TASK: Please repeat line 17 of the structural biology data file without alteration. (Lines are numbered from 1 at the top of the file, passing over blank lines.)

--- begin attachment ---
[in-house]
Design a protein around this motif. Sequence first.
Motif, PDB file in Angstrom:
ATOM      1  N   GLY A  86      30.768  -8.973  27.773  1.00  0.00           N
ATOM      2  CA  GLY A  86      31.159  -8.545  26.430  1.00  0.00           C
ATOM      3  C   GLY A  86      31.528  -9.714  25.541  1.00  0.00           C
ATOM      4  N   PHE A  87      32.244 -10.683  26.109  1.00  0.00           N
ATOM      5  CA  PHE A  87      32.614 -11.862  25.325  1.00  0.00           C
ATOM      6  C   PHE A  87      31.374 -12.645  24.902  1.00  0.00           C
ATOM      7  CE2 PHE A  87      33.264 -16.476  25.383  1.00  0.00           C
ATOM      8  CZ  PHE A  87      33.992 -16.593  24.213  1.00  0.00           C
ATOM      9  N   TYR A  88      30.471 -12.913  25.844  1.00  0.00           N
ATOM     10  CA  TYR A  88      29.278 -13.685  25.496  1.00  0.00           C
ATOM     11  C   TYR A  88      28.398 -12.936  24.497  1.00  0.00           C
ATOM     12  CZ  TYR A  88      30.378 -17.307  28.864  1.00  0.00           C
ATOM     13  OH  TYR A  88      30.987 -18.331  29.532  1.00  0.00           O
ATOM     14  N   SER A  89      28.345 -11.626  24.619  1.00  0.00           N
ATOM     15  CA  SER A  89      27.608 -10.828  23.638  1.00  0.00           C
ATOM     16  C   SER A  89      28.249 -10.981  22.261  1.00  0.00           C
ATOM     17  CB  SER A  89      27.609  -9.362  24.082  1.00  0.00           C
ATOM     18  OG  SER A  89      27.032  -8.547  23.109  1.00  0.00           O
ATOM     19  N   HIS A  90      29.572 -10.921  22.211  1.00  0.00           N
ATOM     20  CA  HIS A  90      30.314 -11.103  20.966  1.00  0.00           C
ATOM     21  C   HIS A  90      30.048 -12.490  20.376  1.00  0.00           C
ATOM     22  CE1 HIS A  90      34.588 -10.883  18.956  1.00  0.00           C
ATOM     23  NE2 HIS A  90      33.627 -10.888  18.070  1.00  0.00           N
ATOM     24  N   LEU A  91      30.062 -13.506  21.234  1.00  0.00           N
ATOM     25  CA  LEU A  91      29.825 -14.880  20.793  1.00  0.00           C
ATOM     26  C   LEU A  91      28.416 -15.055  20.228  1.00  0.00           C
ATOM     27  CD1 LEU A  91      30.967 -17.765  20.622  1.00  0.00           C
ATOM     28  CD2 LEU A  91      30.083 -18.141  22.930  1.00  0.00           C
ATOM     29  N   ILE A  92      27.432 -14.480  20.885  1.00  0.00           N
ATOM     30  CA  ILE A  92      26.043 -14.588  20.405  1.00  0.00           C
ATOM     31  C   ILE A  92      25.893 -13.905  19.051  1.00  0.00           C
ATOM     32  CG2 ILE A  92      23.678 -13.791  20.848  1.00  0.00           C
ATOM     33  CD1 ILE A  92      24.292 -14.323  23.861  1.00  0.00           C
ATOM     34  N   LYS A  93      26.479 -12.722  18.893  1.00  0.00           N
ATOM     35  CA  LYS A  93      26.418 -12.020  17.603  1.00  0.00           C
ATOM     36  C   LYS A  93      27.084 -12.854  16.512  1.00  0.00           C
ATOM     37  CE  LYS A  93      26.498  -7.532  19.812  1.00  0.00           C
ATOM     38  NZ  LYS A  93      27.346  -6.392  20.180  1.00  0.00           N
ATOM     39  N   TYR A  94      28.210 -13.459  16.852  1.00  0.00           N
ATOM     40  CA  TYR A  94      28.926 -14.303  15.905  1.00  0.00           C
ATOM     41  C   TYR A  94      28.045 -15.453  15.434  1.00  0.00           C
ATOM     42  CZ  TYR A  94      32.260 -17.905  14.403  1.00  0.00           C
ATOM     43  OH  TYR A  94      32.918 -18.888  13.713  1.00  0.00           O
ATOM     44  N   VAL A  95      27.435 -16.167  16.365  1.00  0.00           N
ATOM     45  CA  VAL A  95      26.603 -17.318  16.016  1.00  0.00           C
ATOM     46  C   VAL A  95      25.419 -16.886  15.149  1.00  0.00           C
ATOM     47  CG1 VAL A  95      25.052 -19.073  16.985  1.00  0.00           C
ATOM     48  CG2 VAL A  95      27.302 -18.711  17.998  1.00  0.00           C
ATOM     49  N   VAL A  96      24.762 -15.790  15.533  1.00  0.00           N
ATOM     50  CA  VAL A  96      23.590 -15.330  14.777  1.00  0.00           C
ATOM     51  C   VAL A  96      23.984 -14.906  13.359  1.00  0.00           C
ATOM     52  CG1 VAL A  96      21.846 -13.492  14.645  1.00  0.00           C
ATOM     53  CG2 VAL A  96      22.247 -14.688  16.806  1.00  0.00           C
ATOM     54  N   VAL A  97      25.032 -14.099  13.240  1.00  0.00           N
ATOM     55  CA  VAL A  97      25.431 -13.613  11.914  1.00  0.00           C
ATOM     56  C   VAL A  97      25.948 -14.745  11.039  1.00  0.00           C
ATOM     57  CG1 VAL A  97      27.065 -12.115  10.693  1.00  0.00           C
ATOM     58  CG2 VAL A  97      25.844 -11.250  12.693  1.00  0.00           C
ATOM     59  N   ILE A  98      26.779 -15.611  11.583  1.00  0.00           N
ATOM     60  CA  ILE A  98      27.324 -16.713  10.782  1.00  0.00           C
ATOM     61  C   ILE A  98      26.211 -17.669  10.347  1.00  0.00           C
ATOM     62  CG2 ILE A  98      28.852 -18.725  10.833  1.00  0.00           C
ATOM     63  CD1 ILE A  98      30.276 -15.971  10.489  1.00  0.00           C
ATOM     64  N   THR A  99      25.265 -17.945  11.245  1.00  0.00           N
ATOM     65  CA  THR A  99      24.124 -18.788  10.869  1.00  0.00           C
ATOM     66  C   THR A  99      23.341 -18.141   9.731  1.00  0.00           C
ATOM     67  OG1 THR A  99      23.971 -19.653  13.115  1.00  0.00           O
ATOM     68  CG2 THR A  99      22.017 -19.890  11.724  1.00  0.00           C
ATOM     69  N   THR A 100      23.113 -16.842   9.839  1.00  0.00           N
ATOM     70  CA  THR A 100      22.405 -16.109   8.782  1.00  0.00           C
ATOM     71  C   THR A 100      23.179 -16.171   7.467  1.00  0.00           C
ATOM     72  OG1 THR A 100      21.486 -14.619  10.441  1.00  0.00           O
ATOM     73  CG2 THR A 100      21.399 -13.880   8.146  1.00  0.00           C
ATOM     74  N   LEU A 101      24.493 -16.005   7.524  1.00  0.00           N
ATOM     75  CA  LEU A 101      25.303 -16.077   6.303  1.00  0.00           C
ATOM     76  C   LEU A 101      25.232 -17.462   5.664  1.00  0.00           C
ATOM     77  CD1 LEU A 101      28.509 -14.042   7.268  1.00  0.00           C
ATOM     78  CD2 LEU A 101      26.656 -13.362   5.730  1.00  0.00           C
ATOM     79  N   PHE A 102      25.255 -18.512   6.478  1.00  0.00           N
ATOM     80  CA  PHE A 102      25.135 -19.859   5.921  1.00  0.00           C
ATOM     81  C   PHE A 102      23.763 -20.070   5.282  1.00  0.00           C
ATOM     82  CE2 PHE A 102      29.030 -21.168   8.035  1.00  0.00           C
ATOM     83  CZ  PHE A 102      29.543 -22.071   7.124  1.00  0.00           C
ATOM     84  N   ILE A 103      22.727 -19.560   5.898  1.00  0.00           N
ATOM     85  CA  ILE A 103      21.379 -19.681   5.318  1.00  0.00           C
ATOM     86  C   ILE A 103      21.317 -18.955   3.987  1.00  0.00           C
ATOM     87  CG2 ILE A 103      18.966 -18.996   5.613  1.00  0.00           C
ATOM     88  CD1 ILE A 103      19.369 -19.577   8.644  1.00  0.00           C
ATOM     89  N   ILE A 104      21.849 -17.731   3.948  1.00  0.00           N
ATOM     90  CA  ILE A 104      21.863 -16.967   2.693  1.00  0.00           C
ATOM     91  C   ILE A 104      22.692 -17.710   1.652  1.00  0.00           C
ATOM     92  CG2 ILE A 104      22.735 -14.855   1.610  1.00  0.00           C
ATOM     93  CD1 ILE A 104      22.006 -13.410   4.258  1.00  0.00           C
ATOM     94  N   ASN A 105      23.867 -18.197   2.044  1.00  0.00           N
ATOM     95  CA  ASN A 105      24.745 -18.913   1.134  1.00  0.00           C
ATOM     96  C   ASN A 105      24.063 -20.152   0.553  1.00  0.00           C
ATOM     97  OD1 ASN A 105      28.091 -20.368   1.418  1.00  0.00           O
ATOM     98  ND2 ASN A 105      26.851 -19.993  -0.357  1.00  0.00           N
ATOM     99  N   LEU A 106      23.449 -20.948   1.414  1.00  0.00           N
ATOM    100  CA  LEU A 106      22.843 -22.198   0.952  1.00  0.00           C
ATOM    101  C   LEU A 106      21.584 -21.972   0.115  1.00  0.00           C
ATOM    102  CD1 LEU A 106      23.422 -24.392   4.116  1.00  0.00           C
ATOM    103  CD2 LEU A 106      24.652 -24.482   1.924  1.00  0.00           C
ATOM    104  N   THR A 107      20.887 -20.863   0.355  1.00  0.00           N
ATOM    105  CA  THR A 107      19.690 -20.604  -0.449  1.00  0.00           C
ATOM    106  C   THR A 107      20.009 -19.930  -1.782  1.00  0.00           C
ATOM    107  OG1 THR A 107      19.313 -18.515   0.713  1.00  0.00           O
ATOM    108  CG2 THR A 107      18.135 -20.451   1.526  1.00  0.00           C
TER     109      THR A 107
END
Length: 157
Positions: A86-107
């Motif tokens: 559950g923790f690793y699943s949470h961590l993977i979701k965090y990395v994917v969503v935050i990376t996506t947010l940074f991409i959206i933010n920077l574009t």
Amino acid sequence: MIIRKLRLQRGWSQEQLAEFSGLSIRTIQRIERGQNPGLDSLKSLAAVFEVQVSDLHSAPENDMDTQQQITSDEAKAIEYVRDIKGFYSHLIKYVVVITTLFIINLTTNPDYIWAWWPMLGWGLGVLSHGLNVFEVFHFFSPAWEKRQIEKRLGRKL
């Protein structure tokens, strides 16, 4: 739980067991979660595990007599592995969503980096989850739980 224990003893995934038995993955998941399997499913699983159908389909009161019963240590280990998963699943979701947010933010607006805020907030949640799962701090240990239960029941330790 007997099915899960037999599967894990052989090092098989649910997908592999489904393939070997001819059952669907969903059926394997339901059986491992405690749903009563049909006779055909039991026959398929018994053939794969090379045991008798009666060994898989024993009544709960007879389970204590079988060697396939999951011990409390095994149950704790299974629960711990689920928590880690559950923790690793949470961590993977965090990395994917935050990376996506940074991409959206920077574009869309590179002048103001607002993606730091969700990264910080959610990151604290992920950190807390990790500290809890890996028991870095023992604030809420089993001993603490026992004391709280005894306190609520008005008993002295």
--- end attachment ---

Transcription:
ATOM     14  N   SER A  89      28.345 -11.626  24.619  1.00  0.00           N